I’m interested to hear other people’s thoughts.


(Kurt Werle) #2

Coming from ruby, I'm quite fond of trailing closures. I couldn't really
give you a concrete reason why - putting them in the ()'s really isn't that
big a deal. But I'll say that I move them outside every single time...

I will say that your examples are the most trivial possible and that the
more complex the closure (describing context variables and return types,
throws, etc) the uglier it seem to me to put it inside parens.

···

On Thu, Mar 24, 2016 at 6:57 AM, Haravikk via swift-evolution < swift-evolution@swift.org> wrote:

When I started using Swift I was initially very enthusiastic about
trailing closures, but I’ve actually kind of gone off them somewhat and I’d
like to discuss why.

Firstly, here are two ways to write a common example using the .map()
method:

let foo = myArray.map { $0 + 1 }
let foo = myArray.map({ $0 + 1 })

It’s tough to say that the first form is any neater than the second, other
than the second having more brackets. However, the first form is somewhat
ambiguous, as .map in this case looks like a property rather than a method,
it also visually looks like a statement, followed by a closure rather than
the two things logically being related. Of course it’s quick to learn that
these are related, but for consistency I’m starting to now prefer the use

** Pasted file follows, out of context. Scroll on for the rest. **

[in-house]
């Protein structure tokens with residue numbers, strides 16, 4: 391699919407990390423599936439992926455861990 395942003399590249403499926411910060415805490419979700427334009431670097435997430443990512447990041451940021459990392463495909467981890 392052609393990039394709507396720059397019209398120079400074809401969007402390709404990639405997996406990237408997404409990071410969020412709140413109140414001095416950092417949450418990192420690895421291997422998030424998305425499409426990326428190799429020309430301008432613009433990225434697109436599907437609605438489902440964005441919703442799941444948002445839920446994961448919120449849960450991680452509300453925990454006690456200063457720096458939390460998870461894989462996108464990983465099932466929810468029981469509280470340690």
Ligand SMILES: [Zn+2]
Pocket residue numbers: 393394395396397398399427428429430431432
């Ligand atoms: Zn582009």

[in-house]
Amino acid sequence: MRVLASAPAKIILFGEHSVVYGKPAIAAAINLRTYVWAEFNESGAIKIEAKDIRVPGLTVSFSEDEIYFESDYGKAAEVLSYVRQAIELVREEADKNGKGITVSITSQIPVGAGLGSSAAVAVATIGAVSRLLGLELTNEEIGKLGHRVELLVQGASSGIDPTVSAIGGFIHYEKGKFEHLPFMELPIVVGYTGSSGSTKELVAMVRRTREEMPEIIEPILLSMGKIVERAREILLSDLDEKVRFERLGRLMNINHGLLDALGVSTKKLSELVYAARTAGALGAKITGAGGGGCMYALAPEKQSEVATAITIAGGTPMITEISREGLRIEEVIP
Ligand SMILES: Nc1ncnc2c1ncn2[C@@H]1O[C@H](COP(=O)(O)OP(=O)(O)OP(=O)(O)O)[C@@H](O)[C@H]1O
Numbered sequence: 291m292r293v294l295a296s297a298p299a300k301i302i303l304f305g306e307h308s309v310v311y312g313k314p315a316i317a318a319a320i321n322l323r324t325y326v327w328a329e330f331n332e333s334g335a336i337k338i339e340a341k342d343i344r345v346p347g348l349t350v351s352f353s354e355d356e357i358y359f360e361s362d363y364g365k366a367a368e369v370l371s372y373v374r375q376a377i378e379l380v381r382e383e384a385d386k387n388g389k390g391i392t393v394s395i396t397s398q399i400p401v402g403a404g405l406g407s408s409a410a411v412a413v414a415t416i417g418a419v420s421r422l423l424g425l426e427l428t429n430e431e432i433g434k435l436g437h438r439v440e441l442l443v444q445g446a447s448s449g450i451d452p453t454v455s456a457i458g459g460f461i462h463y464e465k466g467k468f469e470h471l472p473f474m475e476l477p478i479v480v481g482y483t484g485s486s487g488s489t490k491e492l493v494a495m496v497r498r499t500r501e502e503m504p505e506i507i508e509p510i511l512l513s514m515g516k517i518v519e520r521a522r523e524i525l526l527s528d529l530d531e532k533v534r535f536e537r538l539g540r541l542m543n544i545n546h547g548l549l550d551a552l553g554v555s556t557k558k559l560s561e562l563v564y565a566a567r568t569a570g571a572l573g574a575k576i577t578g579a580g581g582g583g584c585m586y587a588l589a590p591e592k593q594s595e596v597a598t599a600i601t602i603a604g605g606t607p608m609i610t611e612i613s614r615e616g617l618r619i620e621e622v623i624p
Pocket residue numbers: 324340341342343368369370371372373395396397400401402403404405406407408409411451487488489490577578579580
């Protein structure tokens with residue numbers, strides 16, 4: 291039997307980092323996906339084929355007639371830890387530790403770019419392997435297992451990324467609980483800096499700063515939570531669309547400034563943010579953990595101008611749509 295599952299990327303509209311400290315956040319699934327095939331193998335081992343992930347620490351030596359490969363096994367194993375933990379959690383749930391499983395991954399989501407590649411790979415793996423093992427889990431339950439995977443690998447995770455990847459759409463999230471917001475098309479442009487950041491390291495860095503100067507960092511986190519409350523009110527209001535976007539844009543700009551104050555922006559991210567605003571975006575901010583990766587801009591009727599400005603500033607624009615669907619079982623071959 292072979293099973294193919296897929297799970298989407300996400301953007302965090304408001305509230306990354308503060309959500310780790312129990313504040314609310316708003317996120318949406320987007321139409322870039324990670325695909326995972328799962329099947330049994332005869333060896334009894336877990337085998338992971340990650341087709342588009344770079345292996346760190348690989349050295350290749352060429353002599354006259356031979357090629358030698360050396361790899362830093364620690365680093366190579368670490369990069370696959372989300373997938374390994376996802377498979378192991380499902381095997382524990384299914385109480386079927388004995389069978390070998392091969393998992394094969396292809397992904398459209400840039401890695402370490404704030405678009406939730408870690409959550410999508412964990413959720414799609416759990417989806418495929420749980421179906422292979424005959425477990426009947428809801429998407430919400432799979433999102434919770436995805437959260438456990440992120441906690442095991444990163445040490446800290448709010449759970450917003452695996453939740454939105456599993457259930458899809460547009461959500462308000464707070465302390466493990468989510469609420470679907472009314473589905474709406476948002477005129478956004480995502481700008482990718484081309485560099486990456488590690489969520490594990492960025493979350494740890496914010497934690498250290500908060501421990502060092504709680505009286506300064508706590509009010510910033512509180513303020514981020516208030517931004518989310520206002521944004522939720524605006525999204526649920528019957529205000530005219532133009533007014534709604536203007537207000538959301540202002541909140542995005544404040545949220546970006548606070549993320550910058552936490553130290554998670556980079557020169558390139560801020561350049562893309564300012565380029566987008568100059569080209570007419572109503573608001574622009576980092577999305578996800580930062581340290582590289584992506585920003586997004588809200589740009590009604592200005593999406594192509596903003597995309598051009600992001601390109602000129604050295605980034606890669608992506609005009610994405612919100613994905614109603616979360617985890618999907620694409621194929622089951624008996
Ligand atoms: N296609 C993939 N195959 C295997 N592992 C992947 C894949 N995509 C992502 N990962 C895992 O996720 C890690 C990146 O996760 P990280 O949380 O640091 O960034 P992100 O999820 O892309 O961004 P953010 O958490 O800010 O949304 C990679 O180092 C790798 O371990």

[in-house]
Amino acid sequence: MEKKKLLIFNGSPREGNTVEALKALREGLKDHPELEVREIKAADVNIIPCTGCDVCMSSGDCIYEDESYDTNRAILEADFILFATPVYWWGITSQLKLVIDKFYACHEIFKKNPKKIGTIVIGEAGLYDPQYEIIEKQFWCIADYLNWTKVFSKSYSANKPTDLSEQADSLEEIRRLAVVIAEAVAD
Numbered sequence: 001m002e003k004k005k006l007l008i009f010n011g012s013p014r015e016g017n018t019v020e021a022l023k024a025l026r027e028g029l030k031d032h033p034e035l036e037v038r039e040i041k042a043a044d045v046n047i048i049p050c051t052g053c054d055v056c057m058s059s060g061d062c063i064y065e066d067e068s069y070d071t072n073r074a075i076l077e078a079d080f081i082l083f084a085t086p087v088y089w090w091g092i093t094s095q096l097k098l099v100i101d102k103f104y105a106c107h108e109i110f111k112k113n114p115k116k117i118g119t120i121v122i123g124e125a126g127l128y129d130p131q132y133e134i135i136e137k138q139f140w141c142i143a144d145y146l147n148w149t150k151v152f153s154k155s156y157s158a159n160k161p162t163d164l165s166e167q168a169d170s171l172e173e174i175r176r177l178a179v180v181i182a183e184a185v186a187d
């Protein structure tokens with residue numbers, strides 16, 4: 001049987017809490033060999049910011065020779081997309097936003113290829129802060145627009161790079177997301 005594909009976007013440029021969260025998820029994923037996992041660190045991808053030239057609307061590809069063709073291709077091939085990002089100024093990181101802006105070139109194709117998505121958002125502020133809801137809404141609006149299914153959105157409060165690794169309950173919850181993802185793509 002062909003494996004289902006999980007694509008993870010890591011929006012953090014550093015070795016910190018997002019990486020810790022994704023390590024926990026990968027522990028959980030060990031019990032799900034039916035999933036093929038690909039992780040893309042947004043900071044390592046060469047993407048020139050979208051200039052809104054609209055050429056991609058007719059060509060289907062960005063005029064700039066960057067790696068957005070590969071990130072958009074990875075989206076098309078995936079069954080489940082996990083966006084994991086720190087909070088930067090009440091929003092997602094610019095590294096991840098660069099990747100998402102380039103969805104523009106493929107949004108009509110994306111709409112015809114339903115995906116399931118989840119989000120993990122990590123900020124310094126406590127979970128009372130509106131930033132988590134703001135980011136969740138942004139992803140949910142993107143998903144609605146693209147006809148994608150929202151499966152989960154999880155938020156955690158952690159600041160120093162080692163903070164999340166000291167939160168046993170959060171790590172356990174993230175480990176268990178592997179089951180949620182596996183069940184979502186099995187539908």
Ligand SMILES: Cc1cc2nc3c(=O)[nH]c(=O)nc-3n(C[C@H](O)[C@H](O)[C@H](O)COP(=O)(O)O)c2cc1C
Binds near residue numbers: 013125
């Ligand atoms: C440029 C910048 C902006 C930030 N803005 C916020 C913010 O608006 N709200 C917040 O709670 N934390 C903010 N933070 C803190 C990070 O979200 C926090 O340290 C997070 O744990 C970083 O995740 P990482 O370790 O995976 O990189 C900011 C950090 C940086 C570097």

of parenthesis in almost all cases.

The other advantage of trailing closures is the omission of the label, but
trailing closures aren’t strictly necessary for this, as we can already
omit external labels for parameters if we want to, and the example above
shows that a trailing closure isn’t necessary for this. The only real
difference is that the trailing closure form makes a label optional,
because you can either provide the closure with label in parenthesis (if
the label is required) or omit it by trailing, like so:

something.someMethod(foo: 1, predicate: { $0 < $1})
something.someMethod(foo: 1) { $0 < $1}

However this kind of arbitrarily makes the following impossible:

something.someMethod(foo: 1, { $0 < $1 })

With this in mind it seems to me that we might be better served by the
ability to make external labels optional, as this would allow us to be just
as succinct, while being completely clear about what is being passed into
this method.

The only real remaining advantage that I see to trailing closures is the
ability to define pseudo language constructs, for example:

func repeatUntilEmpty<C:CollectionType>(collection:C, @noescape _ body:()
throws -> Void) rethrows { while !collection.isEmpty { body() } }
repeatUntilEmpty(myArray) {
/* Do something over and over until myArray is empty */
}

Which I think is a pretty uncommon type of structure, but could be useful
in some specialised situations. To support this though we could easily use